The rainbow flag, a longtime symbol of gay pride, was raised at Victoria’s city hall Friday afternoon as a statement against Russia’s anti-gay laws and in solidarity with Canada’s athletes at the Sochi Winter Olympics.
“It’s a gesture of solidarity but also a way of telling the Russian gay and lesbian community, ‘We haven’t forgotten you,’ ” said councillor Marianne Alto. “There’s a feeling around the world that human rights have been trampled on and it reminds us to be vigilant, to ensure human rights are respected and to stand up for that.”
The decision to fly the flag was made by Mayor Dean Fortin’s office after he and council received letters from the public, urging them to follow the example of other cities.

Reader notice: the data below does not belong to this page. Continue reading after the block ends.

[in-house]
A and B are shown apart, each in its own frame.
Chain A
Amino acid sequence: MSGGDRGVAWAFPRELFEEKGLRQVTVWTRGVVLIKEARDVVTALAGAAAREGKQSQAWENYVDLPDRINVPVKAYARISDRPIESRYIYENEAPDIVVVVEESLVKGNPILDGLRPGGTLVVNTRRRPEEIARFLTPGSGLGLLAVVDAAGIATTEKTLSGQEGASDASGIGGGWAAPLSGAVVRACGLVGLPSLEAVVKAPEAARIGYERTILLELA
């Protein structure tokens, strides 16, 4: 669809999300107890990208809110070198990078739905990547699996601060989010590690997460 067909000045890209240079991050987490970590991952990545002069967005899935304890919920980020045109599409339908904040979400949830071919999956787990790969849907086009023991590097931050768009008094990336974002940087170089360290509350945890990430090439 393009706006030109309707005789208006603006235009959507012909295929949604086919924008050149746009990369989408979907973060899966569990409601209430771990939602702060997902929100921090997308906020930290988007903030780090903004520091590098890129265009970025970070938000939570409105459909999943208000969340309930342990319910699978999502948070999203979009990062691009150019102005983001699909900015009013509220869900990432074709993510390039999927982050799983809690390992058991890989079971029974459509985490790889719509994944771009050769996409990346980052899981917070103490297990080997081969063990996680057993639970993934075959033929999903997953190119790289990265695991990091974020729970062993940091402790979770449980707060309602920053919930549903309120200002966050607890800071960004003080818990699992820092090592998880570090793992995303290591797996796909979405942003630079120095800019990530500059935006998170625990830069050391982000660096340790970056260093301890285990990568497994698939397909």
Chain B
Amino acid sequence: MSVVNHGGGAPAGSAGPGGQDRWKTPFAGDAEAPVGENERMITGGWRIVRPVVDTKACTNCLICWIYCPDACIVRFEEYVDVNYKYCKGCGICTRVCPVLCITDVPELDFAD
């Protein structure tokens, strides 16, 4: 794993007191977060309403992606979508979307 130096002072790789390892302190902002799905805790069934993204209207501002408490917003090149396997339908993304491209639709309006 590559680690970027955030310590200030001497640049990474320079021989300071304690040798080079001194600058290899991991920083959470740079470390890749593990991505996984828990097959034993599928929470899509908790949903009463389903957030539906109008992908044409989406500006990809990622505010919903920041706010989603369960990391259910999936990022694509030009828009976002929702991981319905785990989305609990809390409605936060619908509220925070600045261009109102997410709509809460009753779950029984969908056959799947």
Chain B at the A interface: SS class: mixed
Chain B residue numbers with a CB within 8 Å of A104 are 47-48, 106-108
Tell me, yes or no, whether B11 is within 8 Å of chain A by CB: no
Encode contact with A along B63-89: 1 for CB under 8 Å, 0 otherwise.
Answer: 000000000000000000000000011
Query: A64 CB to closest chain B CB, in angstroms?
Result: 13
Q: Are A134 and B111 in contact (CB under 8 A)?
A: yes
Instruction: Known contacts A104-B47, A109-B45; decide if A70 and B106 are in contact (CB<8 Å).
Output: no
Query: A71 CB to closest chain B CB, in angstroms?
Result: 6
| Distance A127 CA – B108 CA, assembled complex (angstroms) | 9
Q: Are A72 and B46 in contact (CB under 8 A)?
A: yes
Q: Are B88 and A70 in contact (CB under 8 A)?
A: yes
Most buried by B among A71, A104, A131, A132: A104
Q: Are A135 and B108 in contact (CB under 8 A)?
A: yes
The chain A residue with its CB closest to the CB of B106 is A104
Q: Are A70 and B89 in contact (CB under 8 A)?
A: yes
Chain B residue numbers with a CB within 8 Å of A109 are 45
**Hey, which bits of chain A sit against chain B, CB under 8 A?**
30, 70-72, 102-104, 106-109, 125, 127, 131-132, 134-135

Vancouver, Montreal, Ottawa and Toronto raised their flags in support of lesbian, gay, bisexual, transgender and queer people Friday morning on the first day of the Olympics.
Toronto Mayor Rob Ford quickly sparked a controversy with a campaign to have his city’s taken down.
Raising the flag falls in line with Victoria’s stance on the Russian law passed in July 2013 that bans pro-gay propaganda and public displays of homosexuality, and comes with jail time.
Last September, Victoria council passed a motion to officially protest the oppression of LGBTQ people in Russia.
The city resolved to send a letter to President Vladimir Putin, with a copy to the mayor of Victoria’s sister city Khabarovsk.
Alto also lauded the many athletes who have recently come out as gay or lesbian, for their bravery and insistence they be judged by their skill not orientation.
She noted that the Olympic charter states: ‘‘The practice of sport is a human right. Every individual must have the possibility of practicing sport, without discrimination of any kind and in the Olympic spirit, which requires mutual understanding with a spirit of friendship, solidarity and fair play.”